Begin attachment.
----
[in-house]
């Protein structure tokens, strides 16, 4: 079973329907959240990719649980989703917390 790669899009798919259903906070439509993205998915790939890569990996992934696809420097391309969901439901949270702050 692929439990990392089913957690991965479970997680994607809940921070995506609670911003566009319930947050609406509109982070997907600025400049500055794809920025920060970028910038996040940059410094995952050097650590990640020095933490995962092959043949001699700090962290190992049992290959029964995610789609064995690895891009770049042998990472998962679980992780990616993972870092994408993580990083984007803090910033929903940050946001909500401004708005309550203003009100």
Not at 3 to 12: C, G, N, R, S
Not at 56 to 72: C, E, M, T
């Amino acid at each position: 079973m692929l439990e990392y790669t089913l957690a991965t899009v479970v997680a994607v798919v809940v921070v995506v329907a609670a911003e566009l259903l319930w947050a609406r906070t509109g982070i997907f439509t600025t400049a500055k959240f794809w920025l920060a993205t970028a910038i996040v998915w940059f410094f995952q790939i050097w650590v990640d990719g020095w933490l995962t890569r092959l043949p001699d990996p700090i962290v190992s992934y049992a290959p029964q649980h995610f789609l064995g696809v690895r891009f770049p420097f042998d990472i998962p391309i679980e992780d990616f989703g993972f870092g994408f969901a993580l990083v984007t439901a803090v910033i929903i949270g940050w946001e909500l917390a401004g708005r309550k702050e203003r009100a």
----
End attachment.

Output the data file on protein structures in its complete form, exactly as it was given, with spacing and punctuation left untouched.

[in-house]
């Protein structure tokens, strides 16, 4: 079973329907959240990719649980989703917390 790669899009798919259903906070439509993205998915790939890569990996992934696809420097391309969901439901949270702050 692929439990990392089913957690991965479970997680994607809940921070995506609670911003566009319930947050609406509109982070997907600025400049500055794809920025920060970028910038996040940059410094995952050097650590990640020095933490995962092959043949001699700090962290190992049992290959029964995610789609064995690895891009770049042998990472998962679980992780990616993972870092994408993580990083984007803090910033929903940050946001909500401004708005309550203003009100």
Not at 3 to 12: C, G, N, R, S
Not at 56 to 72: C, E, M, T
């Amino acid at each position: 079973m692929l439990e990392y790669t089913l957690a991965t899009v479970v997680a994607v798919v809940v921070v995506v329907a609670a911003e566009l259903l319930w947050a609406r906070t509109g982070i997907f439509t600025t400049a500055k959240f794809w920025l920060a993205t970028a910038i996040v998915w940059f410094f995952q790939i050097w650590v990640d990719g020095w933490l995962t890569r092959l043949p001699d990996p700090i962290v190992s992934y049992a290959p029964q649980h995610f789609l064995g696809v690895r891009f770049p420097f042998d990472i998962p391309i679980e992780d990616f989703g993972f870092g994408f969901a993580l990083v984007t439901a803090v910033i929903i949270g940050w946001e909500l917390a401004g708005r309550k702050e203003r009100a």